While the terms that we use to describe social groups can often be a way to foster inclusivity, such terms can also often be used as a way to emphasize their “otherness.”

Remember That Identities are Multidimensional and Intersectional

People can belong to multiple groups based on their sex, gender, race, religion, orientation, nationality, and more. How these various identities intersect play a role in shaping that individual's experiences.

Broaden Your Social Circle

People tend to seek others that are like them, but it can be helpful to seek out friendships and social connections with people from diverse backgrounds. Othering is more likely to happen in the presence of unfamiliarity, so broadening your understanding of others and the world is one way to reduce it.

Social psychologists have proposed what is known as a contact hypothesis, or the idea that conflict and prejudice can be reduced when people who belong to different groups spend time with one another.

Speak Up

One way to combat biased behavior is to speak up whenever you see it happening. People are less likely to engage in othering when it is socially unacceptable. By not speaking out against actions that cast people as outsiders, it becomes more acceptable to engage in those same types of behaviors. 

None of these strategies are quick fixes to the problem of othering. Since othering often stems from the brain’s natural tendency to categorize, overcoming it takes intention and effort.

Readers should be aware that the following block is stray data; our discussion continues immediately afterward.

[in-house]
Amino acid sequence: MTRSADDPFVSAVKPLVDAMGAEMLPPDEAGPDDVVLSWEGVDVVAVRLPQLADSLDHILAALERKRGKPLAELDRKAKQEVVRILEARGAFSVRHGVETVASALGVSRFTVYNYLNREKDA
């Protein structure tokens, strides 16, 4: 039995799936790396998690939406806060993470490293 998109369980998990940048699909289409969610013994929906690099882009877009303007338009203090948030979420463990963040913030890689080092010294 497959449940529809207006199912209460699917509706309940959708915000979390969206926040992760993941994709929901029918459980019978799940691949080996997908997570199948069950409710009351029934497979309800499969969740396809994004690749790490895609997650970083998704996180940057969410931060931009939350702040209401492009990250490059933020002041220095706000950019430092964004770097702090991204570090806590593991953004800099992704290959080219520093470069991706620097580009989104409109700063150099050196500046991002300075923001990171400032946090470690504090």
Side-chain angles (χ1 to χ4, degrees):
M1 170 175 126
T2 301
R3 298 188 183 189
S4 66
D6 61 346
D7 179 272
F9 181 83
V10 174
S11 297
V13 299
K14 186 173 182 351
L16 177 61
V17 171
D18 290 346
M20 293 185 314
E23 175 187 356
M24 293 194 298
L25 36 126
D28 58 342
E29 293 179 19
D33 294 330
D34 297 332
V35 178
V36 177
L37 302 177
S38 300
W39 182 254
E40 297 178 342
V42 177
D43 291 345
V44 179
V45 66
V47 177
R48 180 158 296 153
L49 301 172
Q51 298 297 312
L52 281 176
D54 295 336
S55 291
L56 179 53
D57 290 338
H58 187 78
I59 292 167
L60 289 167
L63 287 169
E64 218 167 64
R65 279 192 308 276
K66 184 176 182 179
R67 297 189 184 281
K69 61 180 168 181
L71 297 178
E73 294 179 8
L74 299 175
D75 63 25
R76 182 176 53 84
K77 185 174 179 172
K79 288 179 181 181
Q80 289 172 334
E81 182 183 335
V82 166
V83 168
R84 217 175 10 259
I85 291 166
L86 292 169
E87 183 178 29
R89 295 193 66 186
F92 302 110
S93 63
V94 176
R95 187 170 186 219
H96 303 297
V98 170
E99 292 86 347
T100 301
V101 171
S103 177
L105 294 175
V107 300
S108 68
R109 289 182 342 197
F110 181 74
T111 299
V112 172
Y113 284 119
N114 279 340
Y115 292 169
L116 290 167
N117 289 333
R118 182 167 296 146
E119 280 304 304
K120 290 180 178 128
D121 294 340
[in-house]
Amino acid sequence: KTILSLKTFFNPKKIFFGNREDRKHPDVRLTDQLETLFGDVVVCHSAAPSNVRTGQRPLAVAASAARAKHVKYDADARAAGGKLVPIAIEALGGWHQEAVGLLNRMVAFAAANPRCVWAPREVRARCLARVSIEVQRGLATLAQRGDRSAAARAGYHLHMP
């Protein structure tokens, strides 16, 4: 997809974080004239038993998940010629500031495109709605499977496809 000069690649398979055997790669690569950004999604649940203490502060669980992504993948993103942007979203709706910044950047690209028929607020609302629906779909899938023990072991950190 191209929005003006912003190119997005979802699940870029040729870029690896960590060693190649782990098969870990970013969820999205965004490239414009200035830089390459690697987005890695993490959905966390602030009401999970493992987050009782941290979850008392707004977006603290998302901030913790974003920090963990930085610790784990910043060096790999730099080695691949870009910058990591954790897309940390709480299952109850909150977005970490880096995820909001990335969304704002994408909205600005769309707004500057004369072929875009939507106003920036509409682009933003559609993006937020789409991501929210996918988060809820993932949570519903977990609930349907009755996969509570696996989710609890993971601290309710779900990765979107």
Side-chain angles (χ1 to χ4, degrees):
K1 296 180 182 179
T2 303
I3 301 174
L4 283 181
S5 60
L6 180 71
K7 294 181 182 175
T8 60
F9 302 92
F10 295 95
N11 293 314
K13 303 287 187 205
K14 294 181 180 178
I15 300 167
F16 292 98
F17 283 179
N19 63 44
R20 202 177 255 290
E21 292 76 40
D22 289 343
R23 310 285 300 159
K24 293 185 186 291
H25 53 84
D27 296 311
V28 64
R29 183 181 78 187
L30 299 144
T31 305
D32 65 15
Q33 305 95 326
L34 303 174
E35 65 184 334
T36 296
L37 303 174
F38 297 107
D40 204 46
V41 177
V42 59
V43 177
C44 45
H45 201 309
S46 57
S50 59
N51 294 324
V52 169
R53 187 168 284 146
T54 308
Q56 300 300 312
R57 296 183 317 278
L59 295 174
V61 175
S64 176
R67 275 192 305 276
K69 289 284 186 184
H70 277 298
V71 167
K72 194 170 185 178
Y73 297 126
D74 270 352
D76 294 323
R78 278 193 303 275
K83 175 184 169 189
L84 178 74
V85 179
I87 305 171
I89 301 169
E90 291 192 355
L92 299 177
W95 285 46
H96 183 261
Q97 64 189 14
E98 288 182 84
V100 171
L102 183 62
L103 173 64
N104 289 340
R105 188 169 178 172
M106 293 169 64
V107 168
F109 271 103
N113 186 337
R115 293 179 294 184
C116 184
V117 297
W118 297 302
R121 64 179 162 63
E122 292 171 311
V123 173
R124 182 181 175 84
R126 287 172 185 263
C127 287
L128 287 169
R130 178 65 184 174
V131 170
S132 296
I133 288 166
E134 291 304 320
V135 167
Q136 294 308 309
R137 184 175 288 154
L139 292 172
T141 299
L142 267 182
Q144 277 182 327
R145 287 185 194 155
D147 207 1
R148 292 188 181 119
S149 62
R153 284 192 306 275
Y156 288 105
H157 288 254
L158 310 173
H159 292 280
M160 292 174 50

A Word From Verywell

Othering can lead to serious problems both on an individual and societal level. Using differences as a way to exclude or cast others in the role of “outsiders” not only cuts us off from understanding and empathizing with others, it harms those who are intentionally further marginalized from the dominant culture.

The first step toward reducing othering is to learn to recognize it for what it is and then consciously work toward fighting the tendency to take an “us vs. them” perspective.

5 Sources
Verywell Mind uses only high-quality sources, including peer-reviewed studies, to support the facts within our articles. Read our editorial process to learn more about how we fact-check and keep our content accurate, reliable, and trustworthy.
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By Kendra Cherry, MSEd
Kendra Cherry, MS, is a psychosocial rehabilitation specialist, psychology educator, and author of the "Everything Psychology Book."